This book takes a much lighter tone, and I found myself laughing alongside the characters as they discover the absurd and nonsensical logic behind racist and xenophobic ideas.

Credit: Courtesy

Where They Burn Books, They Also Burn People by Marcos Antonio Hernandez tells two standalone stories in alternating chapters. The first, set in 1549, follows a Spanish friar wrestling with himself after being sent on a mission to the Yucatán Peninsula on a mission to convert the native Mayans to Catholicism. While he is certain at first that he is leading the natives to salvation and protecting them from danger, he discovers that his obsession to save the people may end up destroying everything they ever knew.

Hernandez couples the story with the modern tale of a man in 2010 who is similarly obsessed, believing that he can save his father’s church if he can only get people to come back and fill the seats. He is convinced that if he wins the heart of the woman he loves, they can save the church together, until his obsession with literature she provides begins his spiral into madness.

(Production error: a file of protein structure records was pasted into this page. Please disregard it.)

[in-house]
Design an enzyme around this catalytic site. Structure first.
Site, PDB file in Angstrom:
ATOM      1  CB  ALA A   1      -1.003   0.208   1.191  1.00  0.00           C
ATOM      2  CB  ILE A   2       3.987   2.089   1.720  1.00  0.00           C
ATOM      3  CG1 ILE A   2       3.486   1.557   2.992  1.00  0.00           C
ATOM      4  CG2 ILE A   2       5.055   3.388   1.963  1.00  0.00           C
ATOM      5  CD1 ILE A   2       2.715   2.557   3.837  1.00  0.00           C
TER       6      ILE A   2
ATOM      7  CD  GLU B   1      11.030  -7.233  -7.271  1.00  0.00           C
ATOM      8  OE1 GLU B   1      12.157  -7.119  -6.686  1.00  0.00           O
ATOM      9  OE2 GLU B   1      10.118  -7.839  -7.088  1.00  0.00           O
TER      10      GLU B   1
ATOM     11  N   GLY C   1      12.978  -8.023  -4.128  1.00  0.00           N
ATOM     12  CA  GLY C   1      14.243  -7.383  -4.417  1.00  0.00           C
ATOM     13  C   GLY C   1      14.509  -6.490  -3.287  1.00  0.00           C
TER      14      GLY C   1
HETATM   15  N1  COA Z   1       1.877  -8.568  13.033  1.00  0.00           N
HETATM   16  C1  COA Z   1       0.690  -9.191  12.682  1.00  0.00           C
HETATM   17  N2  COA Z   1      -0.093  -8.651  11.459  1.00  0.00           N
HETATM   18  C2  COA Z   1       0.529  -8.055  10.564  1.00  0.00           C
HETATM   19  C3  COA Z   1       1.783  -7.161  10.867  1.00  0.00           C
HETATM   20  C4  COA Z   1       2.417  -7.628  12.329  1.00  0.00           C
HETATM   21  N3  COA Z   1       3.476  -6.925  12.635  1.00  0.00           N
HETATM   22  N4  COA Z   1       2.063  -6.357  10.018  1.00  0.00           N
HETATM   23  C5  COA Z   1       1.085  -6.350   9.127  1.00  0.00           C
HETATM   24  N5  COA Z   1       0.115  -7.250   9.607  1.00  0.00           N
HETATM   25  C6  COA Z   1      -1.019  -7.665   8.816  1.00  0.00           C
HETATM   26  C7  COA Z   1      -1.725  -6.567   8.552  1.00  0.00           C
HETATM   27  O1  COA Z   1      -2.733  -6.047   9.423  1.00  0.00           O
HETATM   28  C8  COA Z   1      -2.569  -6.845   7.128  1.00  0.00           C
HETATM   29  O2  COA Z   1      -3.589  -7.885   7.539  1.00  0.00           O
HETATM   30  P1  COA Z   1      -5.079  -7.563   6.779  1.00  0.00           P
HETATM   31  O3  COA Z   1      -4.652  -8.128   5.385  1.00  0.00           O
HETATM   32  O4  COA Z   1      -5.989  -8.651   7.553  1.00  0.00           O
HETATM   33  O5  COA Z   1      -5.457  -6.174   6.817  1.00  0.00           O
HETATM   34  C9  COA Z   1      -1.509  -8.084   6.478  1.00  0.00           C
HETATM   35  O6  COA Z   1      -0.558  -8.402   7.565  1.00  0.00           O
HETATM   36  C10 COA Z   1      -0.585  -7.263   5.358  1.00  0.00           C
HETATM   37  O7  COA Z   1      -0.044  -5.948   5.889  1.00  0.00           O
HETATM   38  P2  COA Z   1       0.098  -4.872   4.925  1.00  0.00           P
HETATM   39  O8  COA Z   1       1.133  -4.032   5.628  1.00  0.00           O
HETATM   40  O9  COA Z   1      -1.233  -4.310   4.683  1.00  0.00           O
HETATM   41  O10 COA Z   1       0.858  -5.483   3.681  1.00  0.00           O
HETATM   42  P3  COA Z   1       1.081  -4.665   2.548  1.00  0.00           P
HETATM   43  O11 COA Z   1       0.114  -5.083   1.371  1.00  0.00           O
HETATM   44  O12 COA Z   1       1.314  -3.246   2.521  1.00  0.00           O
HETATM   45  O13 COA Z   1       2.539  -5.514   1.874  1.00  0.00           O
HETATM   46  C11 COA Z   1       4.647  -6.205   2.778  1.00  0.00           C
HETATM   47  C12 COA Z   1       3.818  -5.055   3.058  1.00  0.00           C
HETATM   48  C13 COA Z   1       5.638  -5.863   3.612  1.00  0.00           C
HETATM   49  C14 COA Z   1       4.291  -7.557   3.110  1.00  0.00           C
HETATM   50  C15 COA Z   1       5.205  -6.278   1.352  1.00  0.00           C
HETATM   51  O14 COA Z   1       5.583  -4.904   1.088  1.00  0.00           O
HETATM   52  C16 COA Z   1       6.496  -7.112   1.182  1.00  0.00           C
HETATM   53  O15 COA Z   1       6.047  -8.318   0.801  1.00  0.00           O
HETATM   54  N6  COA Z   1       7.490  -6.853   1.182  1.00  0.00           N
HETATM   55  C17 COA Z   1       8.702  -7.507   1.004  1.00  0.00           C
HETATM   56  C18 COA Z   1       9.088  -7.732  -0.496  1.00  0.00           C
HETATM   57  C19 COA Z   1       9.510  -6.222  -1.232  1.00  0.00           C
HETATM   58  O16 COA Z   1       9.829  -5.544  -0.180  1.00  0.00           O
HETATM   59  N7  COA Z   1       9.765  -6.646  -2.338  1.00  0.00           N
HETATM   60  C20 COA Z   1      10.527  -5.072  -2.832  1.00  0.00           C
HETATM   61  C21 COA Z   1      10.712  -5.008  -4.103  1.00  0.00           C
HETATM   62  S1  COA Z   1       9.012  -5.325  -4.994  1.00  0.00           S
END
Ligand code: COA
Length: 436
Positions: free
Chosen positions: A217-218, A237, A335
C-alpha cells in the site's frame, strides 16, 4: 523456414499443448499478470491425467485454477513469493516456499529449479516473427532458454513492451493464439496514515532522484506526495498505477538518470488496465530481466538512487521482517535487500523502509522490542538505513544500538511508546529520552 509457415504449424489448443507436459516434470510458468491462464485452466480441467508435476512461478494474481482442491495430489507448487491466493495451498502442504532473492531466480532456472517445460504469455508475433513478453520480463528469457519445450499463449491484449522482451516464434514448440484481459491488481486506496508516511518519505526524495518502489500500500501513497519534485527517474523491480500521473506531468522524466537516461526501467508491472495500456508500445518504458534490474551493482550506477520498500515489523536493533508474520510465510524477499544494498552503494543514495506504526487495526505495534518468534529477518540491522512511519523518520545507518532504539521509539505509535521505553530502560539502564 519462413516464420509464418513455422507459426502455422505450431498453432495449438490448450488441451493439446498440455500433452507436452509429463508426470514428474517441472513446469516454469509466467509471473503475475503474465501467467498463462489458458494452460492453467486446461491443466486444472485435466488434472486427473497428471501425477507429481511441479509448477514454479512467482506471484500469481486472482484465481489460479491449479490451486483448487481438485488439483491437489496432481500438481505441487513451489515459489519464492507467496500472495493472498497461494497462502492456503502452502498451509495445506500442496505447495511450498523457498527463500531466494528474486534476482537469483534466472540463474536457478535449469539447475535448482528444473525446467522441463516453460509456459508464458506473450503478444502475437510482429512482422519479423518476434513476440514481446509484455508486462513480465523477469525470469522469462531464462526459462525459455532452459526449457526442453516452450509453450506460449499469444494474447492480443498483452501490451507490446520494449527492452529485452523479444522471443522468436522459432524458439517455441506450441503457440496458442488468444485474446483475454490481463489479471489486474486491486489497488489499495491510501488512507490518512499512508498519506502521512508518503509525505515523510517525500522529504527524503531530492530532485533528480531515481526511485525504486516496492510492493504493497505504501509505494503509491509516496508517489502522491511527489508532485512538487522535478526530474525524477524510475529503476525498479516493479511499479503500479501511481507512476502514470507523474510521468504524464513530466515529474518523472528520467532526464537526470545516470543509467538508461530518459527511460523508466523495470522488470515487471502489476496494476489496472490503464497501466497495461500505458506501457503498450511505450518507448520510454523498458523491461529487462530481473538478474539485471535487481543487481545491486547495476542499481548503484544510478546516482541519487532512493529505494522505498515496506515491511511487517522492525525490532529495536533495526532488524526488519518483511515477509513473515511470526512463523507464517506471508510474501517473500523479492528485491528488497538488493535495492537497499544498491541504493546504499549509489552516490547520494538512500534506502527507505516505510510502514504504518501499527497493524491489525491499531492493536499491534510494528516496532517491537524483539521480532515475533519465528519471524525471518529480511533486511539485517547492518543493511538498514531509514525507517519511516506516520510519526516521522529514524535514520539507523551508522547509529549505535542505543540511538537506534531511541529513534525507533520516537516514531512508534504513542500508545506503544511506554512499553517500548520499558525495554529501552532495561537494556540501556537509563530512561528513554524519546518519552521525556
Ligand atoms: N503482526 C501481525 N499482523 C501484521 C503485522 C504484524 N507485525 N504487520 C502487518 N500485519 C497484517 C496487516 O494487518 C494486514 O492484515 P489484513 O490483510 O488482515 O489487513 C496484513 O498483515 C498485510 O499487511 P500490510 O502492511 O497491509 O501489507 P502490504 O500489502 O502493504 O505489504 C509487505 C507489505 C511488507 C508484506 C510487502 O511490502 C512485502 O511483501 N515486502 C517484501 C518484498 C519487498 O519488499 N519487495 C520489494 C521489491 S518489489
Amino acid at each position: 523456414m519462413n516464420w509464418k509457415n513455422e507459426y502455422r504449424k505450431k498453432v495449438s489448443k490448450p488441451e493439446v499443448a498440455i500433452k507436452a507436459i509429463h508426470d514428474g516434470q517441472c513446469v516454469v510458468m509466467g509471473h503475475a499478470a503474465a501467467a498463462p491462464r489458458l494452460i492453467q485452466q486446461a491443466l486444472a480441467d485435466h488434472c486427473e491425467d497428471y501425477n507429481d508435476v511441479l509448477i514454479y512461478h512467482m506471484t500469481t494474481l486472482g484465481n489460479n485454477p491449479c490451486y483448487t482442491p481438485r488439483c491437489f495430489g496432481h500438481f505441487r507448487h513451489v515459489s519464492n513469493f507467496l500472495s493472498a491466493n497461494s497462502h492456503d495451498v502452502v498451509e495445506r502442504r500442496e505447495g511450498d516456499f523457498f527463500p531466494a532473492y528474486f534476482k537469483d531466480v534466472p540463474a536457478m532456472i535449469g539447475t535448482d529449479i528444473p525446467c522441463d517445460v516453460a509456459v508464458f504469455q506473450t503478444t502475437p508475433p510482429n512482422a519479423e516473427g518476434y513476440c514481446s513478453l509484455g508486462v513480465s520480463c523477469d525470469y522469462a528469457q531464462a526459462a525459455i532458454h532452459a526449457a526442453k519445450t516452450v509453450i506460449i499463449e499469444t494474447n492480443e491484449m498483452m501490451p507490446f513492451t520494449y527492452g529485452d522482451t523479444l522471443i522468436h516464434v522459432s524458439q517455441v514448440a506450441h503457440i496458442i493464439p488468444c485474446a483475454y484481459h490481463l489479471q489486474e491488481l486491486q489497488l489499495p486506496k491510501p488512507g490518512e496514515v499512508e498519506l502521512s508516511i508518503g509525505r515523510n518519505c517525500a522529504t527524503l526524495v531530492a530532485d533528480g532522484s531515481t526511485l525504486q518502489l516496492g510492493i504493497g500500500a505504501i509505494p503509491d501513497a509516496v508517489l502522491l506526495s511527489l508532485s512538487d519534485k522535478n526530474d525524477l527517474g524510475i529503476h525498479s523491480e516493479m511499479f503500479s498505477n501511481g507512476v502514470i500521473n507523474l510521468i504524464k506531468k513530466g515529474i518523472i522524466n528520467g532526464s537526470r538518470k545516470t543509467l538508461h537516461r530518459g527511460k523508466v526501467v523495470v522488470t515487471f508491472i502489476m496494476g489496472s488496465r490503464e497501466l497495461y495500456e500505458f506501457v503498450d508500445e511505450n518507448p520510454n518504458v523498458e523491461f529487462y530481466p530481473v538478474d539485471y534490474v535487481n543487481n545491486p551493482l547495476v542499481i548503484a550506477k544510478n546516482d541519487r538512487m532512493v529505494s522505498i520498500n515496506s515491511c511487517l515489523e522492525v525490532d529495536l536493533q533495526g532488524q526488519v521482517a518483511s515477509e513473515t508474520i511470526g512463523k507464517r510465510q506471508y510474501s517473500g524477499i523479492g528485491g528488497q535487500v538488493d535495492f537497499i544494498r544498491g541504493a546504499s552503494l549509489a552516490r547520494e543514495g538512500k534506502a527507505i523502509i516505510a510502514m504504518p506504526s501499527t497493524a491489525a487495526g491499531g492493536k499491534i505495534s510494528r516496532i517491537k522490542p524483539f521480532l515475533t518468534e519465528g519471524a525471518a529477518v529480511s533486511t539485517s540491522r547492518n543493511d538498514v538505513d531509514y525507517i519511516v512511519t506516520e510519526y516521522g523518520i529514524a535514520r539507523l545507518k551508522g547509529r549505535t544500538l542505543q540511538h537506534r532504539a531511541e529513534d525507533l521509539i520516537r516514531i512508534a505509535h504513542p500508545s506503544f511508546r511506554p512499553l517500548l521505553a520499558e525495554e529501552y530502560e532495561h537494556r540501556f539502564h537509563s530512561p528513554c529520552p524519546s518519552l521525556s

I first picked up this book for its amazing cover art, but after jumping in, I found myself wrapped up in both worlds, questioning the one-sided history that’s often presented by the victors and  the dangers that come with an all-consuming religious fervor.

Credit: Courtesy

Another writer I can’t stop recommending is Mexican native Valeria Luiselli, who has been stacking up awards for the past five years, including a MacArthur “Genius Grant” in 2019.